Friday, December 31, 2010
Thursday, December 09, 2010
More wonderment at these photographs, a 2008 series called Dame di Cartone (Cardboard Ladies). Kind of like real people paper dolls, yes?
"I start with the idea, then I search someone to impersonate it. I build up stories and dramatize them using photography and creativity as a skillful artifice being at the same time author, stage designer, costume designer, casting manager, director and photographer."
Wednesday, November 24, 2010
This work is part of a room-sized installation of 565 drawings of pen-and-ink flowers on paper napkins by artist Jim Hodges. Hodges explores universal themes, and in this piece, "A Diary of Flowers - Above the Clouds" a correlation is made between the ephemeral nature of the flowers and the material they are drawn on. The 100 napkins in this piece are pinned onto the wall. "A Diary of Flowers", completed in 1995, is now part of the collection of
The Museum of Contemporary Art, Los Angeles.
More drawing on napkins from "The Napkin Dad Daily" blog. He started drawing on napkins for his daughters' lunch bags and did these daily until his last daughter graduated from high school in 2005. That first year, he thought all the drawings were thrown out at the end of the lunch period, but for Father's Day his daughter presented him with all the napkins he had drawn for her as a gift. What a sweet story! And how dedicated is that?
I am more prone to obsessively twisting and folding napkins than drawing on them.
When I was younger and holiday meals were hosted by my mother and grandmother, I was the one in charge of setting the table. I often took great pleasure in lining up the plates and silverware, placing the goblets and stemware, selecting candles and making centerpieces, and rolling the napkins into holders or folding them in different configurations. My mother has a buffet with stacks of cloth napkins in different colors and fabrics to choose from, and a wide selection of tablecloths, all ironed and folded and organized just so. Nowadays I am either a guest at a gathering that uses paper plates and napkins, or I am elbow deep in meal preparation and the table gets a last minute frenzied setting as the potatoes are getting mashed or the turkey sliced. I'm thinking about napkins today, though.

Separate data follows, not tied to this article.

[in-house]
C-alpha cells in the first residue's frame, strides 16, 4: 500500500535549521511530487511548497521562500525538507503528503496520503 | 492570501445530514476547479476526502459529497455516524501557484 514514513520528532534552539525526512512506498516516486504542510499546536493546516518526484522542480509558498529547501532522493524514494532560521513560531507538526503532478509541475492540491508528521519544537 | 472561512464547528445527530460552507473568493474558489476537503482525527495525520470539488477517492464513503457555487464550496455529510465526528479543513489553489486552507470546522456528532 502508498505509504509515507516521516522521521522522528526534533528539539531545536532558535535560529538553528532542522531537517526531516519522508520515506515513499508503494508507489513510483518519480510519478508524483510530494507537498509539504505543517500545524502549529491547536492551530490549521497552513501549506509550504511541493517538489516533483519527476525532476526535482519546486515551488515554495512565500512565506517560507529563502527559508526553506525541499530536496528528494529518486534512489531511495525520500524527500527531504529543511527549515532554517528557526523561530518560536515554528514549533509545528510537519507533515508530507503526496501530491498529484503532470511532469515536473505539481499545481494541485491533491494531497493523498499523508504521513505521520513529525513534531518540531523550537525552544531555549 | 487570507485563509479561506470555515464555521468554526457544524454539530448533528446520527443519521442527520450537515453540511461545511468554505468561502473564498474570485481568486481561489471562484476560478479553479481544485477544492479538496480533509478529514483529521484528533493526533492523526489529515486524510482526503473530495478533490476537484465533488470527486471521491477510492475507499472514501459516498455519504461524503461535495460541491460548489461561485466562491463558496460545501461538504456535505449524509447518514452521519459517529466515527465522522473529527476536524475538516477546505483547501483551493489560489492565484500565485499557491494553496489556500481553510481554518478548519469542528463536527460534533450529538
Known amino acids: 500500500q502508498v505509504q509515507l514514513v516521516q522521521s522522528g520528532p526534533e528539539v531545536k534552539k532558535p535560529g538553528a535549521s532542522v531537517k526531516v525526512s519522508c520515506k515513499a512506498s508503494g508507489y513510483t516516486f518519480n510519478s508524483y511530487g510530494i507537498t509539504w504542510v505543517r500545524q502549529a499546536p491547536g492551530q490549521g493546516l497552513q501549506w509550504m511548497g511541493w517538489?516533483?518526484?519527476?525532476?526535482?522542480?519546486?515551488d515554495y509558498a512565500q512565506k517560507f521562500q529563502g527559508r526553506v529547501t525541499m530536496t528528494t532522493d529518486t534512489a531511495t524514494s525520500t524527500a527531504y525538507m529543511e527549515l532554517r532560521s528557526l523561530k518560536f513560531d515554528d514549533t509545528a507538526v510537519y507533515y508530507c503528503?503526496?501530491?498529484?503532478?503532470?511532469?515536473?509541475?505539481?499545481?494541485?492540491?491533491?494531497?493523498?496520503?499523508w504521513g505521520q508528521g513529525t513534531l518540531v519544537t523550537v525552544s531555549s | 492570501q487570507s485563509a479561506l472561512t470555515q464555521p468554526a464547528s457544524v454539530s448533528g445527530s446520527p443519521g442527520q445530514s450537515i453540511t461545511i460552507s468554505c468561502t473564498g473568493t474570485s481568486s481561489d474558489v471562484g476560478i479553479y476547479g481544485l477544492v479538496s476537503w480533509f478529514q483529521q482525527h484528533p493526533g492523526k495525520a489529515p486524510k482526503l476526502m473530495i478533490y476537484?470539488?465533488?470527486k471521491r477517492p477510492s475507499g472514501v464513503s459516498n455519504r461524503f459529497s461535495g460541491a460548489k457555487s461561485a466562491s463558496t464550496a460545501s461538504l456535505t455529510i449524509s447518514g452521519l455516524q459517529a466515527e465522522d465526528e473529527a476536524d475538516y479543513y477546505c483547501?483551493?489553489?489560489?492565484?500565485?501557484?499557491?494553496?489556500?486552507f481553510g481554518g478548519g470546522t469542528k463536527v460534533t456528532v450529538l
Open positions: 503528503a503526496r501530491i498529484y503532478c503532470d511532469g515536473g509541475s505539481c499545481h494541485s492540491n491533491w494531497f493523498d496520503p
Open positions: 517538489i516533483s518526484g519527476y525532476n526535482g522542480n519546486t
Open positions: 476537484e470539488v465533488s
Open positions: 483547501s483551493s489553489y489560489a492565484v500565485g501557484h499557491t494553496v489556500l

I think I once had a tiny little paperback book with diagrams of napkin folds, but haven't seen it for years. There are, though, plenty of sites that have instructions for fancy napkin folds ... like the Water Lily/Rosebud, Bird of Paradise, and Bishop's Hat instructions at The Butler's Guild. (Really?) Martha's site has some simple and elegant napkin folds featured. Happy Thanksgiving!
Tuesday, November 09, 2010
Thursday, November 04, 2010
Wednesday, November 03, 2010
Yep, I've posted about this before, pretty sure it was on FB. But I came across this video from the Museum of Natural History and one gets a better feel for what the whole process was like.
Tuesday, October 26, 2010
Recent pieces include a series of musicians, each less than a foot high and each holding an instrument made of a separate piece of paper. This link shows some of the process ... from fold diagrams and collapsed forms, to the pieces after shaping. Incredible!
The NY Times article includes a link to the diagram for making the hedgehog (good luck!), and one to a great trailer for a documentary about ten artists and scientists working in paper/origami. I will be putting this movie, Between the Folds, on my Netflix list posthaste.
Update! I watched this and was a.mazed at the segments on postmodern origami (who knew?) and origami tesselations. I need a really big sheet of paper!
Friday, October 22, 2010
Wednesday, October 20, 2010
Paper arts, of course, but also ... love the hat. And the combination of red and burgundy. Get a little caught up in thinking how long one would actually have to cut paper (with a much better pair of scissors), to fill this room.
Friday, October 15, 2010
for a dedicated letterpress blog, and I still may do that. But I thought I'd post pictures
of the invitations I printed, designed with my daughter, for her wedding.
Wednesday, September 22, 2010
Folded "word" books by Veronica Salazar
The classic British red phone booth recycled into darling little libraries
"Corrugations" folded by Dutch artist Noud van den Boer
Tuesday, September 21, 2010
There's talk of weddings around here, and if I had more time, I would totally attempt some grand paper flower gesture at the reception.
Tuesday, January 26, 2010
Blockprint sent by William Zorach, Lithuanian-American sculptor, and his wife, Margeurite, to artist Alfred J. Frueh.
Frederick Hammersley's screenprinted Christmas card design.